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Why Your Skin Tone Is Important to Your Laser Tattoo Removal Technician

November 16th, 2016 by Tattoo Removal in Tattoo Removal

50 Shades of Fitzpatrick. Well… 6 shades and an explanation.

Skin type is an important factor for your laser technician to take into consideration when evaluating the likely success of removing your tattoo. Developed by a Harvard University dermatologist, the Fitzpatrick Scale is used to classify skin colour on a numerical scale. This scale is used by your technician to determine the fluence used to treat your unwanted tattoo. The Fitzpatrick Scale is also used as one of the parameters in determining the expected number of treatments needed to remove your tattoo.

Melanin, a word you will have seen every bit as much as ‘immune system’ if you have been reading this blog, is the determining factor in where your skin type falls on the Fitzpatrick Scale. Influenced by both genetics and sun exposure, the more melanin rich your skin is, the darker your skin appears.


So I guess the biggest question here is why does skin tone even matter when removing tattoos? It is all very well to say that your technician needs to adjust the fluence used to treat your tattoo based on your skin tone, but it doesn’t enlighten us as to why this needs to happen.

In previous blog posts we have discussed how different skin types react to laser tattoo removal and the potential side effects of scarring and temporary pigmentation changes. With this information in mind, there is a short answer to the question of why your skin tone is important to your laser technician.  Simply put, where your skin tone falls on this scale will determine how aggressively your tattoo can be treated. As a general rule, the lighter your skin, the less prone you will be to pigmentation changes and keloid scarring.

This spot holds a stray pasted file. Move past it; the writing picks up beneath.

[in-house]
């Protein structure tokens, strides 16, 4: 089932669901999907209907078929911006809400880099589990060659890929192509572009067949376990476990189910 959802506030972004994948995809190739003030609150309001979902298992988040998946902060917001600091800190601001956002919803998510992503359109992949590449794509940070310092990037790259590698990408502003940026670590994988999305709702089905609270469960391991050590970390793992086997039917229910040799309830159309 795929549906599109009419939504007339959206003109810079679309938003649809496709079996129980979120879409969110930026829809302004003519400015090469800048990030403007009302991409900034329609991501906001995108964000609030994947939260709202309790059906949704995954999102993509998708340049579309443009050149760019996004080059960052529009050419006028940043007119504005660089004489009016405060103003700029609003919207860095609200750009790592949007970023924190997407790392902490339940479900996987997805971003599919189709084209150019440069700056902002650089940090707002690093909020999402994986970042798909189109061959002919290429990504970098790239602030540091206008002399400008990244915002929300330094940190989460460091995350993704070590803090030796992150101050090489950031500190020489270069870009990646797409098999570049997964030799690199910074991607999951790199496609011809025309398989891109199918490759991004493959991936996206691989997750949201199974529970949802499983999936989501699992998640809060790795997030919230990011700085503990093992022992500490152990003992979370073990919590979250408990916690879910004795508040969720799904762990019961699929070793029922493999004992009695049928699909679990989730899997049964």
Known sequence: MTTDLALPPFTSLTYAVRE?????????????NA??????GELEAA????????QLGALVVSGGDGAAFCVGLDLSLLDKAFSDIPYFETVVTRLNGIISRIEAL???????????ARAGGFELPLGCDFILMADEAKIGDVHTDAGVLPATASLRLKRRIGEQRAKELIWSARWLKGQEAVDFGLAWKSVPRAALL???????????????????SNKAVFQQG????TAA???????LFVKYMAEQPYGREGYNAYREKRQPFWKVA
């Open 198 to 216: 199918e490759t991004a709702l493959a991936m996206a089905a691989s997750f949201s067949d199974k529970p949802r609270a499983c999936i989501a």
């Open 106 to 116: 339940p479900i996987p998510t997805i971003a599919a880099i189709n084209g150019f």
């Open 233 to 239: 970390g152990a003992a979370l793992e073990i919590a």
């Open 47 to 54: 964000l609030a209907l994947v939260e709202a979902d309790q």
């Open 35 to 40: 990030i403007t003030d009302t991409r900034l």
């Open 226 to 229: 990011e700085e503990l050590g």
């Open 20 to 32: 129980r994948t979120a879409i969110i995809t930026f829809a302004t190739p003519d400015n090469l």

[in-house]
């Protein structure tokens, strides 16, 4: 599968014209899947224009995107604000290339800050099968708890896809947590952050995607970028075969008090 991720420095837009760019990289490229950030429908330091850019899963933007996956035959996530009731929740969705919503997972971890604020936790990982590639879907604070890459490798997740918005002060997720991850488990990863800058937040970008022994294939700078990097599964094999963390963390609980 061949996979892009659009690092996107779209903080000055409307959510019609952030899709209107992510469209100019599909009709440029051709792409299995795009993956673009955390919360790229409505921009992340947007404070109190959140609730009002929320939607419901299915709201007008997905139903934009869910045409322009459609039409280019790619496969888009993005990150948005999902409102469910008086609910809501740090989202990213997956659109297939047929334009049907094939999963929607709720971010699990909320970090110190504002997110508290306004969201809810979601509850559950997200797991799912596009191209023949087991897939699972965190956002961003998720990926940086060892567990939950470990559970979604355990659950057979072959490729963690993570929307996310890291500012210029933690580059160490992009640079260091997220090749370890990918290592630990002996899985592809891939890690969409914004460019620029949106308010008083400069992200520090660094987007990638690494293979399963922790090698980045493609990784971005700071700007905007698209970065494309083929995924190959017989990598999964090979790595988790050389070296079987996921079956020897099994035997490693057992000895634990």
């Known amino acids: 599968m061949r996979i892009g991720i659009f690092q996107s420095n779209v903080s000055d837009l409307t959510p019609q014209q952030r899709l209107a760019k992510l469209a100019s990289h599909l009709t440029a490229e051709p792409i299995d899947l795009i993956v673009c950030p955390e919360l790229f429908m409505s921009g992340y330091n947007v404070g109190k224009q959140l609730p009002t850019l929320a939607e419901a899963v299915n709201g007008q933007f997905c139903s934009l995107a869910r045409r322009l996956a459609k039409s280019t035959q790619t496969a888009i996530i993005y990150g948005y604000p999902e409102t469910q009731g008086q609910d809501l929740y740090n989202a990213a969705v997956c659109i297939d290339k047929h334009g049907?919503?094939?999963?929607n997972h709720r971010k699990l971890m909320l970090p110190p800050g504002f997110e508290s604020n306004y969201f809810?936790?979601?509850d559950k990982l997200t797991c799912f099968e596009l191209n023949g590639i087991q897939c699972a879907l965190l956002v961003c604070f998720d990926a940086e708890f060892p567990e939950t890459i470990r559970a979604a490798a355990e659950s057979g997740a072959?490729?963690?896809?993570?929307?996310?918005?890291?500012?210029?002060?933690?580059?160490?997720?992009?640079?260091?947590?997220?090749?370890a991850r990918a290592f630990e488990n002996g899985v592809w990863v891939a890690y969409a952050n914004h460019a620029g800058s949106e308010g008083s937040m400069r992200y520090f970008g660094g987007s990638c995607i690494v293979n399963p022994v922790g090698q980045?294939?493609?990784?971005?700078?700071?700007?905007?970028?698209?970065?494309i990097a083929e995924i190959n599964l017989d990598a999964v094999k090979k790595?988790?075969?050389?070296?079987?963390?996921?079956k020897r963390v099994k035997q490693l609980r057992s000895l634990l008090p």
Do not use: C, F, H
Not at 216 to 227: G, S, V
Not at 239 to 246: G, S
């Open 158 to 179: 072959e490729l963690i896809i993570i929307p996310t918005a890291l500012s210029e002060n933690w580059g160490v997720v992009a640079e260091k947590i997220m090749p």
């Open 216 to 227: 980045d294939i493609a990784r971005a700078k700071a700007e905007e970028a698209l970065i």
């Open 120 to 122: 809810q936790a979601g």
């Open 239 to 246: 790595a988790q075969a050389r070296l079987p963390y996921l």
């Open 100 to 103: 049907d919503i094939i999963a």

The slightly longer answer for those of you who didn’t have time to click the links and read more posts is that melanin is a pigment, just like the ink in your skin you want removed. The darker your skin, the harder it is to target only the tattoo ink in your skin without the surrounding skin absorbing the laser light as well. Melanin is capable of being broken down by the laser in the same way the ink is shattered and removed by the immune system in the tattoo removal process. When this happens the skin can be temporarily lightened for up to twelve months, this is called hypopigmentation. While this lightening is the more common of the two potential pigmentation changes, the opposite can happen also. Hyperpigmentaiton is the darkening of the skin and is also usually temporary. This, together with the higher incidence of keloid scarring and burning, is why your laser tattoo removal technician will assess your skin tone against the Fitzpatrick Scale to determine how to approach treating your tattoo for the most successful result.

Unfortunately, the extra care taken when treating darker skin tones does mean that more sessions will be necessary to remove as much of the ink as possible without incidentally removing the melanin as well. The upside is that you are much less likely to suffer any unwanted pain or skin damage. So, you know, swings and roundabouts.